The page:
Amoxicillin-Clavulanic Acid PO, NG, IV
Augmentin, alpha-amoxyclav, synermox
Treatment of infections caused by susceptible organisms
600mg and 1.2gm vials (powder). Contain 500mg or 1gm amoxicillin and 100mg or 200mg clavulanic acid. Reconstitute by adding 10ml of water for injection to 600mg vial (final volume 10.5ml) or 20ml to 1.2gm vial (final volume 20.9 ml) and agitating until dissolved.
If less than 600mg is required, add 11.5ml of diluent to 600mg dial to give a solution with a concentration of 50mg/ml. Inject slowly over 3-4 minutes or in 100ml of compatible fluid over 30-40 minutes.
Compatible for 4 hours with normal saline, 3 hours with Hartmanns.
Note that amoxicillin and clavulanic acid is less stable in solutions that contain glucose so these solutions should be avoided for intermittent infusions.
Store at room temperature
PO / NG:
Alpha-amoxyclav 625mg (500mg amoxicillin, 125mg clavulanic acid) white tablets, augmentin 500 (500mg amoxicillin, 125mg clavulanic acid) white tablets, synermox (500mg amoxicillin, 125mg clavulanic acid ) white tablets, alpha-amoxyclav 125mg/5ml suspension (125mg amoxicillin, 31.25mg clavulanic acid), alpha-amoxyclav 250mg/5ml (250mg amoxicillin, 62.5mg clavulanic acid), augmentin forte syrup 250 (250mg amoxicillin, 62.5mg clavulanic acid), augmentin forte syrup 125 (125mg amoxicillin, 31.25mg clavulanic acid). Amoxicillin and clavulanate potassium are well absorbed from the gastrointestinal tract after oral administration of Augmentin. Augmentin can be given without regard to meals. Liquid is available for NG administration.
1.2gm IV q8hrly
500mg/125mg PO Q8hrly
Severe infections: 1st week of life 50mg/kg amoxicillin and 12.5mg/kg clavulanic acid 12hrly; otherwise 50mg/kg amoxicillin and 12.5mg/kg clavulanic acid 6hrly.
DOSAGE IN RENAL FAILURE AND RENAL REPLACEMENT THERAPY
Dose in renal impairment [GFR (ml/min)]
<10 600mg every 8 hours
10-20 dose as in normal renal function
>20-50 dose as in normal renal function
Dose in renal replacement therapy
CAPD 600mg every 8 hours
HD 600mg every 8 hours
CVVHDF dose as in normal renal function
Augmentin is an oral antibacterial combination consisting of the semisynthetic antibiotic amoxicillin and the lactamase inhibitor, clavulanate potassium. Clavulanic acid is active against the clinically important plasmid mediated beta-lactamases frequently responsible for transferred drug resistance to penicillins and cephalosporins. Amoxicillin is bactericidal against susceptible organisms during the stage of active multiplication. It acts through the inhibition of biosynthesis of cell wall mucopeptide. Amoxicillin/clavulanic acid has been shown to be active against most strains of the following microorganisms, both in vitro and in clinical infections:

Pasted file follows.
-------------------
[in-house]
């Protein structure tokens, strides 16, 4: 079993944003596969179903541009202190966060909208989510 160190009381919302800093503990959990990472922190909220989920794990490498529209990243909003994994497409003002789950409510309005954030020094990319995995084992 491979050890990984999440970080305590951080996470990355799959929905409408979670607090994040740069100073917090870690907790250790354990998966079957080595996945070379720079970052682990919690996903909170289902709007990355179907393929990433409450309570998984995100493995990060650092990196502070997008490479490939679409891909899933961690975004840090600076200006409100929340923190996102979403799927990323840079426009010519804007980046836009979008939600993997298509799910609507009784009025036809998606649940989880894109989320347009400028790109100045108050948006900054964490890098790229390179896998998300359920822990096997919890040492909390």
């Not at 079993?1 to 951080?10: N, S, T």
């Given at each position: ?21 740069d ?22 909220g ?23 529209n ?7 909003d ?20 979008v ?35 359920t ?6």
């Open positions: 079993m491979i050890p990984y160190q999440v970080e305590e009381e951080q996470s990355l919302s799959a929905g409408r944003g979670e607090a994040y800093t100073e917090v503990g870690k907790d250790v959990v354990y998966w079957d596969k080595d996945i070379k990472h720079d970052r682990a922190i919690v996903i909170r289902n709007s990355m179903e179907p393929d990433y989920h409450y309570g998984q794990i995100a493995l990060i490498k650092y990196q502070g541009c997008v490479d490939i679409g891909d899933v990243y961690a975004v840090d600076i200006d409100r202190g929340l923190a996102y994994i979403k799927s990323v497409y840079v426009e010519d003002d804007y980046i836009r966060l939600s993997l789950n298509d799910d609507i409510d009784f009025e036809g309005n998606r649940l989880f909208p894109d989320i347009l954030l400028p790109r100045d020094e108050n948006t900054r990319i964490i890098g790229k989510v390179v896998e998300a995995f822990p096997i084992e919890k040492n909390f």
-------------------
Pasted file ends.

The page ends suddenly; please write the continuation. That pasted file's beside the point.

Staphylococcus aureus (beta-lactamase and non-beta-lactamase producing).*
*Staphylococci which are resistant to methicillin/oxacillin must be considered resistant to amoxicillin/clavulanic acid.
Enterobacter species. (Although most strains of Enterobacter species are resistant in vitro, clinical efficacy has been demonstrated with Augmentin in urinary tract infections caused by these organisms.)
Escherichia coli (beta-lactamase and non-beta-lactamase producing).
Haemophilus influenzae (beta-lactamase and non-beta-lactamase producing).
Klebsiella species (all known strains are beta-lactamase producing).
Moraxella catarrhalis (beta-lactamase and non-beta-lactamase producing).
Amoxicillin diffuses readily into most body tissues and fluids with the exception of the brain and spinal fluid. The results of experiments involving the administration of clavulanic acid to animals suggest that this compound, like amoxicillin, is well distributed in body tissues.
Note: - additional organisms (not outline above) which are adequately treated with amoxicillin alone should be treated with amoxicillin rather than augmentin.
History of allergic reaction to any of the penicillins.
Previous history of cholestatic jaundice/hepatic dysfunction associated with augmentin
Penicillins are a common cause of anaphylactic reactions
Pseudomembranous colitis has been reported with nearly all antibacterial agents, including amoxicillin, and may range in severity from mild to life-threatening. Therefore, it is important to consider this diagnosis in patients who present with diarrhoea subsequent to the administration of antibacterial agents.
Prescribing Amoxicillin in the absence of a proven or strongly suspected bacterial infection or a prophylactic indication is unlikely to provide benefit to the patient and
increases the risk of the development of drug resistant bacteria.
No tests in addition to routine ICU tests are required.
Drug/Laboratory Test Interactions
None of significance.
Body as a Whole:
Serum sickness like reactions, Anaphylaxis
Nausea, vomiting, diarrhoea, and haemorrhagic/pseudomembranous colitis. Hepatic dysfunction including cholestatic jaundice, hepatic cholestasis and acute cytolytic hepatitis have been reported.
Reversible hyperactivity, agitation, anxiety, insomnia, confusion, convulsions, behavioral changes, and/or dizziness have been reported rarely.
Stevens-Johnson Syndrome, exfoliative dermatitus, toxic epidermal necrolysis, acute generalized exanthematous pustulosis, hypersensitivity vasculitis and urticaria have been reported
Anaemia, including haemolytic anaemia, thrombocytopaenia, thrombocytopaenic purpura, eosinophilia, leukopaenia, and agranulocytosis have been reported during therapy with penicillins.